Remote Video Auditing Creates Value

August 1, 2004
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Coming off of significant tech investments in the 1990s, and precipitous market declines of the new millennium, companies are pressed to get more out of existing investments and develop new sources of return on investment. Couple that directive with ever growing concerns related to homeland security, food safety and loss prevention, and the result is businesses focusing on preventive measures and seeking turnkey security solutions.

A service that seems to deliver on all these requirements, remote video auditing (RVA), is quickly gaining momentum in today’s marketplace. Managers are sent weekly e-mail scorecards that summarize an individual location’s performance. The reports contain pass/fail hyper links to video clips and still images, providing visual documentation of events uncovered by the auditing service. By utilizing RVA, companies can track events, breaches and business practices at customer locations.

RVA’s premise is both simple and revolutionary: leverage existing hardware and galvanize with enhanced software and services to produce increased return from current investments. The auditing system uses the Internet to leverage remote viewing through very inventive uses of video, to help businesses reap benefits from their recorded video.

Alone and unmonitored, recorded data is worthless. Audited and analyzed, however, the findings can produce a bevy of valuable information for businesses spanning retail, fast food, food processing, convenience stores and transportation.

According to Adam Aronson, CEO of New York City-based Arrowsight Inc., “Sending reports to make, save or reduce spending is becoming a must-have due to the need to reduce costs and drive productivity. RVA offers companies a threefold value proposition – increased return, reduced overhead and improved efficiency.” Aronson’s company, along with partner, Tyco subsidiary ADT Security Services, develops RVA software and services and delivers daily, weekly and monthly audits and compliance reports. The reports monitor compliance, reduced shrinkage and job performance and provide access to videos and still images.

Extrapolating from his pioneering work in childcare remote video viewing services with former company ParentWatch, Aronson looked to how the technology could be applied to other industries. He logged hundreds of hours monitoring convenience stores, fast food chains, retail stores and food processing plants in order to identify the common denominators of business. He also observed recorded video could have many uses beyond security, including compliance, productivity, customer service and cost containment.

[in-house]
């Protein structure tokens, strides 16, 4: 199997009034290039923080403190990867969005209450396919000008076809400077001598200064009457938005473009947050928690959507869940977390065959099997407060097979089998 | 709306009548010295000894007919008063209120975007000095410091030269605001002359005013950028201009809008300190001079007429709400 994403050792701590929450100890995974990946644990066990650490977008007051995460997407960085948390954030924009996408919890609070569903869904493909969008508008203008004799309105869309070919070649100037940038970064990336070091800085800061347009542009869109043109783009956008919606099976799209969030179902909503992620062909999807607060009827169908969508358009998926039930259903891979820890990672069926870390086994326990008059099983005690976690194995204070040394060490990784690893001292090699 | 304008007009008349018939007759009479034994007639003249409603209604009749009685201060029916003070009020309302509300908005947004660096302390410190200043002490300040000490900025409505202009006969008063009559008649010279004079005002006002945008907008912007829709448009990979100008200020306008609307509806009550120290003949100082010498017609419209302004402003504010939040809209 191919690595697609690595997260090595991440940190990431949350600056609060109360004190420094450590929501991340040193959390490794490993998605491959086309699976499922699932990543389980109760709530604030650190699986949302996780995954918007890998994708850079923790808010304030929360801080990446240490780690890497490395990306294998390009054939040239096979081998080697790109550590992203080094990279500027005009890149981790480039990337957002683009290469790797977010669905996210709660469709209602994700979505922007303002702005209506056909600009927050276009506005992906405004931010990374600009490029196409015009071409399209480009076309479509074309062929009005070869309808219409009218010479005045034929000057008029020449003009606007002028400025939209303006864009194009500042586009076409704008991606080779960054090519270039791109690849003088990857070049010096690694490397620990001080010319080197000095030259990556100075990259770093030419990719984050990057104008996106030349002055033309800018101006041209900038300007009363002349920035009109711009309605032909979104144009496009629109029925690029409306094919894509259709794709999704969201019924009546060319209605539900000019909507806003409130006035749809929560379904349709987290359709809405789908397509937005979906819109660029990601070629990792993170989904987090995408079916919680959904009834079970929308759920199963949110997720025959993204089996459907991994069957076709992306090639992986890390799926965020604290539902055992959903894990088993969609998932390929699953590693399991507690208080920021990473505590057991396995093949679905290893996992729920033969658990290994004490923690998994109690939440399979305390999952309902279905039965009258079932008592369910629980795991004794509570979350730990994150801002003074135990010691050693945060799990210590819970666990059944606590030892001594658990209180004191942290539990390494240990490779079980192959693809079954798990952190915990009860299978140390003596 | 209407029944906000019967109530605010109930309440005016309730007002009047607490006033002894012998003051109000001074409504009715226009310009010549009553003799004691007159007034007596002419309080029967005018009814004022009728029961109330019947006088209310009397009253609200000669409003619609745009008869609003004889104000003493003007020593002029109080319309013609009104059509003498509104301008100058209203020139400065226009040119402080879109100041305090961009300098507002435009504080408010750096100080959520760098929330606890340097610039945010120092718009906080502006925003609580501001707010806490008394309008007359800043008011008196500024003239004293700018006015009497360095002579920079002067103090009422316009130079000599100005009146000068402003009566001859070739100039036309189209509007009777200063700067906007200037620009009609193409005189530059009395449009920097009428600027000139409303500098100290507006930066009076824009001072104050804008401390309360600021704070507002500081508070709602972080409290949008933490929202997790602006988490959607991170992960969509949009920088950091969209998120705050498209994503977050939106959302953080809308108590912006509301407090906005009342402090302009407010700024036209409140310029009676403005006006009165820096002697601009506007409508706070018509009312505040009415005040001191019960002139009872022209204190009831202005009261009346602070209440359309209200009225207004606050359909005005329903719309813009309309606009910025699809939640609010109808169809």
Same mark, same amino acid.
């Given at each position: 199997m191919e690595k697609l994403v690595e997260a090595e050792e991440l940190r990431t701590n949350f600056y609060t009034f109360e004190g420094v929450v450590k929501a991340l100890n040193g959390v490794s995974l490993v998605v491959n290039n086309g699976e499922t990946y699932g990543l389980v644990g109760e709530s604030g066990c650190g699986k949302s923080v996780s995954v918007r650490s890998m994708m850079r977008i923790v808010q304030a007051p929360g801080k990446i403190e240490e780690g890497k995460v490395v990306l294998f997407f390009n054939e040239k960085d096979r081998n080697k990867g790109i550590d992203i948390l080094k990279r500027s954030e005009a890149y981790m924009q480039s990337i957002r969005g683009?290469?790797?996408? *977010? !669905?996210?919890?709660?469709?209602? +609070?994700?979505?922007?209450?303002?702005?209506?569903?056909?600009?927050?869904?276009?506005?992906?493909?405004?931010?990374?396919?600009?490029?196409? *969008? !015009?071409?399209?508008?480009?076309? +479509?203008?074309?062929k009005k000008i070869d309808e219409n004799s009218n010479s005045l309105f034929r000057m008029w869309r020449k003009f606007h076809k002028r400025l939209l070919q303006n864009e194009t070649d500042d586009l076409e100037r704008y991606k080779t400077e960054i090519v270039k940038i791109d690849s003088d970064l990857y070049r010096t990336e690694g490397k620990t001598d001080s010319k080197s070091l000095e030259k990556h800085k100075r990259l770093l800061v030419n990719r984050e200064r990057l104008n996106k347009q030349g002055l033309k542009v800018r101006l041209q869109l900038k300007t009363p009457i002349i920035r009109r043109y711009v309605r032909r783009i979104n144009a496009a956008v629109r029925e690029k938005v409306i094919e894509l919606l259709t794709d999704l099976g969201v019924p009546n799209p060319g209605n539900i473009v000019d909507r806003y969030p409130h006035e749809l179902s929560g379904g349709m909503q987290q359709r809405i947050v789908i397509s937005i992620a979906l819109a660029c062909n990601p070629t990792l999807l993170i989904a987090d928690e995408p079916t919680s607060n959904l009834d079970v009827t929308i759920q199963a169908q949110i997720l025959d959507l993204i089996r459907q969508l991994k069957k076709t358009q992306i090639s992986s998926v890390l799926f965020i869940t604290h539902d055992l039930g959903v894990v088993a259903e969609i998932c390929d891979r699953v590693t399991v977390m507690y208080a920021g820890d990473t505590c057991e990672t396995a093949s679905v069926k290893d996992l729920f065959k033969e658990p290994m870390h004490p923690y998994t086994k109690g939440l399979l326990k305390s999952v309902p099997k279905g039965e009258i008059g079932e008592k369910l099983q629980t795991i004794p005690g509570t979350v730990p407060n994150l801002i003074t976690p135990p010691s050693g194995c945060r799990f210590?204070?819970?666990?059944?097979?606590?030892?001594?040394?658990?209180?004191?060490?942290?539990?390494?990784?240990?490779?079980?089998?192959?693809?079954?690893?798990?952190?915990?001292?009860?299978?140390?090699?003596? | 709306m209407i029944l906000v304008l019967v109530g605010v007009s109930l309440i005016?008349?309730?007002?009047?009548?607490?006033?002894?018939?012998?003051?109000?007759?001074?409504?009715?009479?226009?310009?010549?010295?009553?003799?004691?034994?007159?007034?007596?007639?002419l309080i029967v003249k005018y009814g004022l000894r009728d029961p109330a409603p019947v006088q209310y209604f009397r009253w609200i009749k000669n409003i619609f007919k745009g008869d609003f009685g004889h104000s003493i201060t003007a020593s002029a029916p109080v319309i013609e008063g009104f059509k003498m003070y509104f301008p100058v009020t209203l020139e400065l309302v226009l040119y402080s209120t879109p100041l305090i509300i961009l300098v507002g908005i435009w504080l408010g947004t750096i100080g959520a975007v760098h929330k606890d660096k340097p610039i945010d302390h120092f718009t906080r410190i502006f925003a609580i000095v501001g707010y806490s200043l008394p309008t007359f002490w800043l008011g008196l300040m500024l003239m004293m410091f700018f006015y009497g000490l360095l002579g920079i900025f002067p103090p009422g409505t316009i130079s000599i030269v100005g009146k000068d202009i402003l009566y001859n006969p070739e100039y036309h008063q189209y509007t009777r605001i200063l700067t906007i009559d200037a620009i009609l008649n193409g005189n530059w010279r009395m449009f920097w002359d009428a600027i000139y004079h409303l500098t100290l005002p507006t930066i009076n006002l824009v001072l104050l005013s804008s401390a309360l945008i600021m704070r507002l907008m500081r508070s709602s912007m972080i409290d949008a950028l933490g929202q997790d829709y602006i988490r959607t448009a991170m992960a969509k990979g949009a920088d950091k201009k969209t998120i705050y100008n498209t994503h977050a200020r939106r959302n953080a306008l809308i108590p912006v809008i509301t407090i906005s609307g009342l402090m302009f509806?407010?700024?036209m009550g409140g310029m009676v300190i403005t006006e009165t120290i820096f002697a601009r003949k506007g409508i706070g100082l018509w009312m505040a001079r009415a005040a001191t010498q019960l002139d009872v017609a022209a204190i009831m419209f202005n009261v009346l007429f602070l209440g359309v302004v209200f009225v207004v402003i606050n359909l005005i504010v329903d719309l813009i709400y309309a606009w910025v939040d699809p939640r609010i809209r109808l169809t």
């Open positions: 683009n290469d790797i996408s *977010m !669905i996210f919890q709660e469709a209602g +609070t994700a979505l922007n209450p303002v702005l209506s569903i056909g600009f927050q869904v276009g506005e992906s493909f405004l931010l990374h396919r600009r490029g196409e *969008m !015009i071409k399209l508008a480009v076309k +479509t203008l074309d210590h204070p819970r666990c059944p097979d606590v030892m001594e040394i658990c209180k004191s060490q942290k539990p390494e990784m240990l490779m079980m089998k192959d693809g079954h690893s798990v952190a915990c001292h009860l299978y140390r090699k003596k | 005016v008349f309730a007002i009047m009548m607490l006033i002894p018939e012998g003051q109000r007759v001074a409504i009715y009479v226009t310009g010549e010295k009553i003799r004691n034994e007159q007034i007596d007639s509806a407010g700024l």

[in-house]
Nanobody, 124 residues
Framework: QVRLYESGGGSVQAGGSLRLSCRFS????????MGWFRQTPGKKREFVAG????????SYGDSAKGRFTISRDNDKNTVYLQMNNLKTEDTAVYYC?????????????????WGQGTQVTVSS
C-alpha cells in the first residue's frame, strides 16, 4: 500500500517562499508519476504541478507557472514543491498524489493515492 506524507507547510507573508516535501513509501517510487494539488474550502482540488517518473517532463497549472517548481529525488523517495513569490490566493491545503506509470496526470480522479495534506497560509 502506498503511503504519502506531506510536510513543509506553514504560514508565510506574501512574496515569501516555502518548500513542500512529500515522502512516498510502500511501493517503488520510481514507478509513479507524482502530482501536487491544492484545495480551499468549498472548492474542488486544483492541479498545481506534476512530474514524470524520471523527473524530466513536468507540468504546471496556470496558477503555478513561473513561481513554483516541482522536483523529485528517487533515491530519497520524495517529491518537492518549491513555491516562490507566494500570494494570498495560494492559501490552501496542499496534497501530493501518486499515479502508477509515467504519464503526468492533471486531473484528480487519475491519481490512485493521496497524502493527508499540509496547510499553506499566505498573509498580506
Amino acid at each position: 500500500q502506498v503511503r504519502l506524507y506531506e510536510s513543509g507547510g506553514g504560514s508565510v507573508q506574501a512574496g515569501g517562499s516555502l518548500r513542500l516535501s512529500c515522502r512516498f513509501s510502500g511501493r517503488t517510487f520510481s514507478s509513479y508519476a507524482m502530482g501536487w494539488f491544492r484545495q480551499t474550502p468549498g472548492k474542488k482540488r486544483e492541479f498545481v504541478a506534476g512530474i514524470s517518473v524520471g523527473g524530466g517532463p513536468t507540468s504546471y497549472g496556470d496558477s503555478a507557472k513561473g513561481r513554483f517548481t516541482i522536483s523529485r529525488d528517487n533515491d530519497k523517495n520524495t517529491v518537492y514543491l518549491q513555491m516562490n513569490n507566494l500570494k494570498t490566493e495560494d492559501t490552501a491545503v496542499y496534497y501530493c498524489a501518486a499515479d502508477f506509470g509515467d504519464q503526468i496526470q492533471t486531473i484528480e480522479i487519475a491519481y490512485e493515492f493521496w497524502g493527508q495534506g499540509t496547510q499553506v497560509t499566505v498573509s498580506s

The heart and soul of a security system is the camera and recording device. RVA software must integrate with existing hardware such as digital video recorders and data sources, encompassing point-of-sale, security systems and other enterprise data.

The Web can bring data collected by security and facility systems to business managers who audit

their operations and staff performance.

Every second counts

In a mobile economy, time is money. Few companies have become more familiar with this than the fast food industry, where the drive-through window represents a franchise’s cash cow. According to fast food giant McDonalds, the critical success factor is “time-in-line,” which specifically refers to the time it takes customers to get from the cash-pay window to the food pickup window. “The difference between 100 and 150 seconds is the death knell to drive thru operations,” notes Aronson. “Customers are at the fast food restaurant because it’s quick and they’re in the drive-through lane because it’s quicker.” RVA Services have dramatically improved time-in-line by integrating with the security cameras at the cash pay and pick-up windows and monitoring movement.

Tony Delligatti, owner of three McDonald’s franchises in North Carolina, began using the video audit services at his locations to effect dramatic improvements, including increased sales by leveraging Arrowsight pass/fail score cards.

Delligati adds, “When we receive the audit report and are able to show our managers actual video of a car sitting at a drive thru for two minutes, it’s very powerful. It takes away excuses.” In addition to decreasing the time between paying and reception of a food order, Delligati uses RVA services to reduce food waste, increase employee productivity and ensure food safety compliance.

Compliance is critical

Nowhere is it more important to follow rules and regulations than in food processing, where the health and welfare of the public is at stake.

For retail businesses, shrinkage is a growing problem that annually costs the industry billions of dollars. Arrowsight worked with Finish Line, a 500-store retail chain, at one of their target stores in order to implement a system ensuring compliance with basic security procedures designed to reduce theft, especially internal theft.

By giving the staff the perception that the premises were being monitored and audited at an off-site facility, Finish Line witnessed an astounding 63 percent reduction in shrinkage over a four-month period.

Security however, is not the only area that companies are interested in monitoring. RVA services also represent a cost-efficient method of culling marketing research. In an effort to improve research and development and increase sales, Pfizer retained Arrowsight to monitor the customer movement, behavior and overall viability of their in-store product displays at a major drug store chain.

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